Lak is right on track about these Aidwagons (Here and there, #172). It is an irony that people who drive SUVs to shop in Bluebird also preach about clean air and poverty alleviation. SUVs not only encroach the narrow streets of our cities and towns but also increase the administrative cost of Nepal's Foreign Aid/Grant that sustains our moribund economy!
. I want to thank Daniel Lak for bringing up the subject of the ubiquitous "aidwagon". Although there are many more important issues to be faced in Nepal at the current time, I feel that you do raise some valid points that both INGO/ diplomatic workers and Nepali politicians would do well to consider. When I lived in Nepal as a student, the antics of the Pajero classes never ceased to amaze me. The very fact that such vehicles have been the subject of political corruption scandals in the past, should have been warning enough for Kathmandu's wealthier residents to be a little less ostentatious.
In 2002, I lived in a block immediately behind the British embassy and could see into their compound from our roof. Water was supplied to our building twice, at 4AM and 4PM. After two months, the water supply to Lainchour was cut off altogether. It took people 10 minutes to carry water from the communal pump in the neighbourhood. On the other side of the wall, we could see the entire embassy fleet of Land Rovers being liberally cleaned with pressure hoses (they were never even that dirty).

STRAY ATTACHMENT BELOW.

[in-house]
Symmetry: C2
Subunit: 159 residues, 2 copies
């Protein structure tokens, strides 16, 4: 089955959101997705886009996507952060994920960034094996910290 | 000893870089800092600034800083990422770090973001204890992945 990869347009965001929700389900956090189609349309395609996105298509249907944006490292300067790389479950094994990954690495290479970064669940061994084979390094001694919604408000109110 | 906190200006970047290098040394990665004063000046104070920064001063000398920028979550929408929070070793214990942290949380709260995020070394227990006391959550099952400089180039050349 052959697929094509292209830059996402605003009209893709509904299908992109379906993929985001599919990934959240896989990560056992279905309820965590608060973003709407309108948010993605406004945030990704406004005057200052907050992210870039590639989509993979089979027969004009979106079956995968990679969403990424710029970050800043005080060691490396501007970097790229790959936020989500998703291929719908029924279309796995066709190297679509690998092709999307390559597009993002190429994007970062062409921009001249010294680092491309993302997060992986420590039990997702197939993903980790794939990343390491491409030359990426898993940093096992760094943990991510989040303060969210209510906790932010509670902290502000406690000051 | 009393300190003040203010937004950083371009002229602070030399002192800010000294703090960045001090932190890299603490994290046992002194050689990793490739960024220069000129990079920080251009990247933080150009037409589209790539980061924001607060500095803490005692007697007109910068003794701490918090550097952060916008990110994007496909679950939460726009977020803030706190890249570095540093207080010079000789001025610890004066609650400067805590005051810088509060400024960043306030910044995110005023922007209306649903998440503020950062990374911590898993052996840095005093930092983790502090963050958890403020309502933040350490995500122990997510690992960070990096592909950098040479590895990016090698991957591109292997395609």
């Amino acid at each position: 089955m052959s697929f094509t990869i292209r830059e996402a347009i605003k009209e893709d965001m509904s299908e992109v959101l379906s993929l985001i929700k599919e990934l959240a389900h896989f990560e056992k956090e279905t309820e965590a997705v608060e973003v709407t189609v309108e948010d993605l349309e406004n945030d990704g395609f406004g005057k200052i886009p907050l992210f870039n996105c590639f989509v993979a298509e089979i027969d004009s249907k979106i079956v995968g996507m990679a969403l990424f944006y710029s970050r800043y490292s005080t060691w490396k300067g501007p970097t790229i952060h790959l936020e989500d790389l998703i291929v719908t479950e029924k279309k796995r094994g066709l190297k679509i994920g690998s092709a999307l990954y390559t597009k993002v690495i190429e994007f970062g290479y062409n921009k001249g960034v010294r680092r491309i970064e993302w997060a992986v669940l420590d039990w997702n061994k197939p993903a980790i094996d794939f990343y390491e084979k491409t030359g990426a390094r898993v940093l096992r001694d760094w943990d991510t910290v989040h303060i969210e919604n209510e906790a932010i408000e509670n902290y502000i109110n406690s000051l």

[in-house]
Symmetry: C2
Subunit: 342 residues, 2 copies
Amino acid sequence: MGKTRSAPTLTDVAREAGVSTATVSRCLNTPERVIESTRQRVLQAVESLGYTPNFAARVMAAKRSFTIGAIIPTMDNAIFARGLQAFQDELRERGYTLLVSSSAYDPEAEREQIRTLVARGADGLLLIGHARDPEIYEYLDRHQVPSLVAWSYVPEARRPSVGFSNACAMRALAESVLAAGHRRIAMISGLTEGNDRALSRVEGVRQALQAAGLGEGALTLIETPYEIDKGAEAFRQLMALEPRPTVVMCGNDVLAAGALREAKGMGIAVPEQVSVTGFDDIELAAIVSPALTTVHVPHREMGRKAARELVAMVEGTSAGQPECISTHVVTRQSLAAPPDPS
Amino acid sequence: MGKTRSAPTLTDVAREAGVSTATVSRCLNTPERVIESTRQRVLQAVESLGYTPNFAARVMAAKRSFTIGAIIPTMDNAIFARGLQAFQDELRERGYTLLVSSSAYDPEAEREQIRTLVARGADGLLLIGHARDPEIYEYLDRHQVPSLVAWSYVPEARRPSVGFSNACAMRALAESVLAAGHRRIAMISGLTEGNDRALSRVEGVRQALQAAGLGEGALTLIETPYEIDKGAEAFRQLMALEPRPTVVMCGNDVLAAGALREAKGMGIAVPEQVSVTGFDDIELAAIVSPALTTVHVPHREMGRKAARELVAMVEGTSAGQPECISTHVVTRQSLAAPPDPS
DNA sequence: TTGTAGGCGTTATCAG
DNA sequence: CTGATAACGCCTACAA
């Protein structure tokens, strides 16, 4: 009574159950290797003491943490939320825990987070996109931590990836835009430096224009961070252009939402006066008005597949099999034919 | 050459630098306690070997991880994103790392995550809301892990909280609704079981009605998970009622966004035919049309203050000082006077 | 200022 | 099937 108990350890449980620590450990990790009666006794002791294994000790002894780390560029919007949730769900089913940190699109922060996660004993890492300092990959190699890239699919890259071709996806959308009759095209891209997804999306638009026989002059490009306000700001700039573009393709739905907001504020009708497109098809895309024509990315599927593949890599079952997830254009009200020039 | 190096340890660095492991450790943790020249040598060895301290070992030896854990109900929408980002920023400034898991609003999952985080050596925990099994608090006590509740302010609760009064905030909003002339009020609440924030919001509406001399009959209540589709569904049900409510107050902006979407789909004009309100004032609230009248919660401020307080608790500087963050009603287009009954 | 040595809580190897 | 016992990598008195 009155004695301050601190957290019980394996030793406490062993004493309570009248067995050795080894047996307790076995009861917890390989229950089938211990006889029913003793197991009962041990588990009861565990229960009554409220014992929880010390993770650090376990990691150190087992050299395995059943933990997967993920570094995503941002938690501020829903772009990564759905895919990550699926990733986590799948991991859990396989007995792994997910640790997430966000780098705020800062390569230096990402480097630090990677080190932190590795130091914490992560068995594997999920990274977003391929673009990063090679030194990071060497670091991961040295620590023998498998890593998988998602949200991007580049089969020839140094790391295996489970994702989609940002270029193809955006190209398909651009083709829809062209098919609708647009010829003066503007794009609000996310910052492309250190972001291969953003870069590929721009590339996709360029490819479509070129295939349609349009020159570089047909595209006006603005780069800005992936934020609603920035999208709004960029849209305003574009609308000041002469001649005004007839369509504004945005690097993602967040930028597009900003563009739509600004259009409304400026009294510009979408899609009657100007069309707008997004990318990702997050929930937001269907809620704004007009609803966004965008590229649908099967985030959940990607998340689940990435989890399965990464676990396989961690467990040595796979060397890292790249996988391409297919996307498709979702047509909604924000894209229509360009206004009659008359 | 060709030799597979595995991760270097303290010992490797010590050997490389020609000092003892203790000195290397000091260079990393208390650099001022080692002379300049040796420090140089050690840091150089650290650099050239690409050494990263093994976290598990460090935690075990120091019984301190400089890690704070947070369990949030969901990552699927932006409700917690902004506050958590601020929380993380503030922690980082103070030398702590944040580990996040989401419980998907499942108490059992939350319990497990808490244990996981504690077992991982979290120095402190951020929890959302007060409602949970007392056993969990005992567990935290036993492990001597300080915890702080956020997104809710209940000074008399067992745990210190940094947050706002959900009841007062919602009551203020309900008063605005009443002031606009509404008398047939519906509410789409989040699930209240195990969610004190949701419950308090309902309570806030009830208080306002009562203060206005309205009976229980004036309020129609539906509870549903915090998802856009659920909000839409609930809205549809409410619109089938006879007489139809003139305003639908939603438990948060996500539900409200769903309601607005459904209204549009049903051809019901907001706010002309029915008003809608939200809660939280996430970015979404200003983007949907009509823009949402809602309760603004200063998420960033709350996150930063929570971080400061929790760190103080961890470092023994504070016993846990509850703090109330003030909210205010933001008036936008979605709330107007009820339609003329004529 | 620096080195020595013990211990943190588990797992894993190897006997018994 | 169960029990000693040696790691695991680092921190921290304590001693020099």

As a British citizen, I felt rather embarrassed by my attempts to explain this to my landlords: something about how the ambassador had to make a good impression and the vital importance of spotless vehicles to that end. At one point, I gave up trying and griped with them instead.
I know all these things are minor in comparison to what goes in Nepal, but it is important that foreign communities consider more carefully the effects of living like kings in Nepal and the longterm effect that this will have on how Nepali people view us.
RCA South Asia